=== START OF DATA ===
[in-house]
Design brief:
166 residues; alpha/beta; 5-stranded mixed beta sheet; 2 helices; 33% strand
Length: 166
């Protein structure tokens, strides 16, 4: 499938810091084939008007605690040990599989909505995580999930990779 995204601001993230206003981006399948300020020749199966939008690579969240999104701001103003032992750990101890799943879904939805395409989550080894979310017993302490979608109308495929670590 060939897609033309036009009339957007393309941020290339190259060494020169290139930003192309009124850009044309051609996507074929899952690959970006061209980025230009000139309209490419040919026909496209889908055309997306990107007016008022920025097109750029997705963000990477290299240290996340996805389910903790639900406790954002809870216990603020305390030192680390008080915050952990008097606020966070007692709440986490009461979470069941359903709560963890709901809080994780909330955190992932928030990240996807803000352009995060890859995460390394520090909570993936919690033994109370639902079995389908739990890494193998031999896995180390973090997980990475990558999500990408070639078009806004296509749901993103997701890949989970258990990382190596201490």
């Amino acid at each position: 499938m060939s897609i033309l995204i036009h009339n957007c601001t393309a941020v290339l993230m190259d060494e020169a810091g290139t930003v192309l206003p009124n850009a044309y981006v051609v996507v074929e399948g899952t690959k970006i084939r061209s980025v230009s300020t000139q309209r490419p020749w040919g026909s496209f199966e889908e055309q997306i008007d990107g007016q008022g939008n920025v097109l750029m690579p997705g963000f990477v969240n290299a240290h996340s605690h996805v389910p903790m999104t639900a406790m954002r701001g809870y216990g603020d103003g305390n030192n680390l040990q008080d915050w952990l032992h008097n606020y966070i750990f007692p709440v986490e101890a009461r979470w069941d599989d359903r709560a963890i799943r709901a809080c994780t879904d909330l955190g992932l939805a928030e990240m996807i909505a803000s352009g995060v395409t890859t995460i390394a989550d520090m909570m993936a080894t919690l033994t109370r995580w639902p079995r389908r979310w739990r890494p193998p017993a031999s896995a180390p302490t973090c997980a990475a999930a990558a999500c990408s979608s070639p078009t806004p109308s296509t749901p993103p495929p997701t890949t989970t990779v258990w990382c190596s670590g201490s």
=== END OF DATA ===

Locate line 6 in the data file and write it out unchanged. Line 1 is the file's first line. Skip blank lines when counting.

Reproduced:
């Amino acid at each position: 499938m060939s897609i033309l995204i036009h009339n957007c601001t393309a941020v290339l993230m190259d060494e020169a810091g290139t930003v192309l206003p009124n850009a044309y981006v051609v996507v074929e399948g899952t690959k970006i084939r061209s980025v230009s300020t000139q309209r490419p020749w040919g026909s496209f199966e889908e055309q997306i008007d990107g007016q008022g939008n920025v097109l750029m690579p997705g963000f990477v969240n290299a240290h996340s605690h996805v389910p903790m999104t639900a406790m954002r701001g809870y216990g603020d103003g305390n030192n680390l040990q008080d915050w952990l032992h008097n606020y966070i750990f007692p709440v986490e101890a009461r979470w069941d599989d359903r709560a963890i799943r709901a809080c994780t879904d909330l955190g992932l939805a928030e990240m996807i909505a803000s352009g995060v395409t890859t995460i390394a989550d520090m909570m993936a080894t919690l033994t109370r995580w639902p079995r389908r979310w739990r890494p193998p017993a031999s896995a180390p302490t973090c997980a990475a999930a990558a999500c990408s979608s070639p078009t806004p109308s296509t749901p993103p495929p997701t890949t989970t990779v258990w990382c190596s670590g201490s």